Bentley: 3½ and 4¼ Litre 1933–40 In Detail
by Nick Walker
At the time period this book covers, Bentley cars were built by Rolls-Royce which had taken over Bentley Motors in 1931 in an attempt to thwart the competition and prevent Bentley from going to Napier which would have constituted an even more formidable challenge to Rolls-Royce. In terms of performance and coupled with suitable coachwork, these Bentleys—“The Silent Sports Cars”—were a considerable success in the marketplace, no matter their premium price.
Walker, whose A–Z of British Coachbuilders ought to be on the bookshelf of anyone with an interest in British cars or coachwork in general, presents here his second title in publisher Herridge’s “In Detail” series. Charles Herridge’s previous imprint was Bay View Books, acquired by MBI in 1998, and he himself runs two Mark VI Bentleys. Happily, we have here both an author and a publisher with a track record of commitment to the classic car.
In recent years Derby Bentleys (so named after their place of manufacture, and thus distinct from the earlier Cricklewood and the later Crewe Bentleys) have seen brisk trade with solid price increases, and a new generation of custodians will welcome a book that offers a concise introduction to the marque’s beginnings, the 3½ and 4¼L models’ development, technical features, differences, and coachwork. Also described are the Mark V and experimental cars, i.e. the Paulin/Embiricos car and the Corniche. Chapters on using the cars on the road then and today, as well as advice on parts availability, maintenance, and preservation will not fail to make models seem desirable and survivable to the newcomer.
Even readers already steeped in model and marque history will benefit from at least two aspects that are especially well articulated in Walker’s book. One is his detailed treatment of the acquisition/takeover of Bentley Motors by Rolls-Royce (a subject rife with controversy and too often glossed over by commentators), with particular emphasis on the subsequent internal tensions at Rolls-Royce in regard to model policy and product placement. Quotes from letters and memos illustrate abundantly a degree of infighting and spin doctoring that appears almost unseemly. The other is Walker’s knowledge of other cars of the era (also evidenced in the fact that he is Librarian of the VSCC and Archivist of the Institute of Vehicle Technology), which enables him to present a rich field of context in which to see, and against which to measure, the 3½ and 4¼L Bentley.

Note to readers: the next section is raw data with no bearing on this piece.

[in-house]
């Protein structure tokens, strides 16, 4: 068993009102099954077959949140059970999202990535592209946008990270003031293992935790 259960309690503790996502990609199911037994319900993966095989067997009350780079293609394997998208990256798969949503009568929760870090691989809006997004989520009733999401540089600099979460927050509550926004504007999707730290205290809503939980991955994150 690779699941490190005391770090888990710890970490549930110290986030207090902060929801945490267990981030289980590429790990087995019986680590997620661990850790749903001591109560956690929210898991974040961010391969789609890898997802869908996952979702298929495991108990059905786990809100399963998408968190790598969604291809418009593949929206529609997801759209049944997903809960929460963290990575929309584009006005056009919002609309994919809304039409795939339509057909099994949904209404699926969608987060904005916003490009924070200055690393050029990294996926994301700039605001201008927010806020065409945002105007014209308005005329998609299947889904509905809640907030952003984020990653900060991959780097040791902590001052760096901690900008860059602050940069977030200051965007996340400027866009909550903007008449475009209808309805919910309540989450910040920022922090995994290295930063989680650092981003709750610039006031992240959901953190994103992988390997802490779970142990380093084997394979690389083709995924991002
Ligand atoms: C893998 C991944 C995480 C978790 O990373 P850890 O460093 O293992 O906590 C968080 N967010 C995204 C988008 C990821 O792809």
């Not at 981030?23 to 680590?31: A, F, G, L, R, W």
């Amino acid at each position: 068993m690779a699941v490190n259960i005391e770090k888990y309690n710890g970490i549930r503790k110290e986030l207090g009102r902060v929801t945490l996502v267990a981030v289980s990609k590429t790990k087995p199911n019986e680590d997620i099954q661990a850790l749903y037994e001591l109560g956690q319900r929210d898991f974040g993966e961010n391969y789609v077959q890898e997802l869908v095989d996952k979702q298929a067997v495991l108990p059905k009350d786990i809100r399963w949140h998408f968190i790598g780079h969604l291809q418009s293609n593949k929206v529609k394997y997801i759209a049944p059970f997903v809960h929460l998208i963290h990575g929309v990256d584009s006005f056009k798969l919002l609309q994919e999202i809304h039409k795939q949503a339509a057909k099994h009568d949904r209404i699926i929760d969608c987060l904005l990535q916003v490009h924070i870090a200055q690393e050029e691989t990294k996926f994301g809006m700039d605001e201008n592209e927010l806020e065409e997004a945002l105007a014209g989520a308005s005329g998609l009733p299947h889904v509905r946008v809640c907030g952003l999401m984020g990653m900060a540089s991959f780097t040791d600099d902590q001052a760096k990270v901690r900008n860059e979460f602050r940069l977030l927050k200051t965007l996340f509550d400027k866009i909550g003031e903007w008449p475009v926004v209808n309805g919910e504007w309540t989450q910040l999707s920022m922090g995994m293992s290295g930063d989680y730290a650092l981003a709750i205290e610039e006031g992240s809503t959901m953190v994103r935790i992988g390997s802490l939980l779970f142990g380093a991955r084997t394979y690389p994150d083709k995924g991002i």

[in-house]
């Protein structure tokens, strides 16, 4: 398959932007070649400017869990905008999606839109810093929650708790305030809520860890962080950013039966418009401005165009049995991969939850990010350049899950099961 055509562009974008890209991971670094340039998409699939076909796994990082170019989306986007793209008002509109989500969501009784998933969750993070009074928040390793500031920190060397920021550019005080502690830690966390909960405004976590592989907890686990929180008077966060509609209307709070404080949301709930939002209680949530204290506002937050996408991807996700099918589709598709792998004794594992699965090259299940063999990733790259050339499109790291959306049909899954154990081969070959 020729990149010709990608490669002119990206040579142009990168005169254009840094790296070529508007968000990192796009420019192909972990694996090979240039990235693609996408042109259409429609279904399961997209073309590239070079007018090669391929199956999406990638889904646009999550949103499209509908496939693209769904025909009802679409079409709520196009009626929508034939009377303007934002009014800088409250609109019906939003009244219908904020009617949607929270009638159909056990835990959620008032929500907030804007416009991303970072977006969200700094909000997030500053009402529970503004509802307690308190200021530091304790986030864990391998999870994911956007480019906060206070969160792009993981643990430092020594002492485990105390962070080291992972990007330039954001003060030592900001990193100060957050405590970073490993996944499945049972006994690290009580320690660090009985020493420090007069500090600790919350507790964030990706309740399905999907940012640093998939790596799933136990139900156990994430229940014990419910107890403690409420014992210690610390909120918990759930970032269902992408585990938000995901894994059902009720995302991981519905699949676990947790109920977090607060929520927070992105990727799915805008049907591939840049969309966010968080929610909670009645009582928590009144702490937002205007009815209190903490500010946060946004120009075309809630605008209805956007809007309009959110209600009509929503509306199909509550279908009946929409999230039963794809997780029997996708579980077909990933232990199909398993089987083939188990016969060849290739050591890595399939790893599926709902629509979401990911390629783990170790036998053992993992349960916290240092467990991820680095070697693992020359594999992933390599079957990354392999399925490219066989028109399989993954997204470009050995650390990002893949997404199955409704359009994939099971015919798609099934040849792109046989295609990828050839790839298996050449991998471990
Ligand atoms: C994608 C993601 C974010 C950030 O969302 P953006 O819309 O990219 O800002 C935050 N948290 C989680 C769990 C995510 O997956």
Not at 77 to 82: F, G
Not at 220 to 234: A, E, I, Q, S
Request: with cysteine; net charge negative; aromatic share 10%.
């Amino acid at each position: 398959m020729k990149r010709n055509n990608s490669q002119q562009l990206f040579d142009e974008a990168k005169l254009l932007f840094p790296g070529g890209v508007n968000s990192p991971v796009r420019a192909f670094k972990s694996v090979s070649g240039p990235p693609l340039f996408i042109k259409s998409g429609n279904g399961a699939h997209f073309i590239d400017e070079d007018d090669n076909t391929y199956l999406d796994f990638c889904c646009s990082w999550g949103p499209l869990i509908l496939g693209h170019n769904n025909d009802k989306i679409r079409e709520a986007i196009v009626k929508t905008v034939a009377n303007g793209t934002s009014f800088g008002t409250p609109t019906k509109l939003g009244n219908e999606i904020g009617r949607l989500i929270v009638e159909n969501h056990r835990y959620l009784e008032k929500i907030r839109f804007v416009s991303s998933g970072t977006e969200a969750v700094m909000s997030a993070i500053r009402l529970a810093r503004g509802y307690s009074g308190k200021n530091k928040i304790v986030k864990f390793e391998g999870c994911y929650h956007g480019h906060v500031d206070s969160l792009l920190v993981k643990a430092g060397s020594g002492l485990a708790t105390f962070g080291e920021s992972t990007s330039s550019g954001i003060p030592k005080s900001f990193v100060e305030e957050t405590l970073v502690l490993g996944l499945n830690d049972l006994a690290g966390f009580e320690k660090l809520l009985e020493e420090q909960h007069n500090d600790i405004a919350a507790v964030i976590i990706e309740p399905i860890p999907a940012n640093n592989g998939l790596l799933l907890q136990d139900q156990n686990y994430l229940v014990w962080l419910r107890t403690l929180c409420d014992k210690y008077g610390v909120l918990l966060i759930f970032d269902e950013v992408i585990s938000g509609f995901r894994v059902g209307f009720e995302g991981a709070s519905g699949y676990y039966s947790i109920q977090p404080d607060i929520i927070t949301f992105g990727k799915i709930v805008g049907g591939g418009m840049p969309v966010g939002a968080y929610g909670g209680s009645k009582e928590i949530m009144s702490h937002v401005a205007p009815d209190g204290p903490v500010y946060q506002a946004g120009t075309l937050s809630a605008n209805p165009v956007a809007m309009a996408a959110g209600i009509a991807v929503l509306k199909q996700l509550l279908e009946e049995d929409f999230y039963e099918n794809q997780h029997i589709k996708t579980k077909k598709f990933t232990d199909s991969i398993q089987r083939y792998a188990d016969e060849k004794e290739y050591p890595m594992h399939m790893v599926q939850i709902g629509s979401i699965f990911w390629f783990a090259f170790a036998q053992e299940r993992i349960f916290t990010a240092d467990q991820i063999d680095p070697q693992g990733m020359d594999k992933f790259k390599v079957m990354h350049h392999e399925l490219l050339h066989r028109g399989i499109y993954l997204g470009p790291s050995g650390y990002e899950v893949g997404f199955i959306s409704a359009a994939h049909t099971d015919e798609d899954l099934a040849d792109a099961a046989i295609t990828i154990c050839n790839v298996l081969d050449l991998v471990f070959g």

The book is generously illustrated. People familiar with the literature will note that many of the b/w period photos and drawings have (how could it be otherwise) been already seen before. But 70-odd color photos of some 14 cars in their present-day (restored and unrestored) state are obviously new to the record and of great interest—not the least in that they show certain aberrations from form which will rather irritate, and possibly confuse, the restorer whose goal is to-the-letter authenticity. Adaptations, modifications, matters of personal taste are not intrinsically “wrong” but it might have been useful to point these out, if only to school the reader’s eyes.
Three Appendices list show cars, road test data, and competitor’s road test data. There is no Index.
Copyright 2010, Sabu Advani (speedreaders.info).
Bentley 3½ & 4¼ Litre 1933–40 in Detail
by Nick Walker
Herridge & Sons Ltd., 2002
160 pages, 70 color & 150 b/w photos, hardcover
List Price: $49.95/£35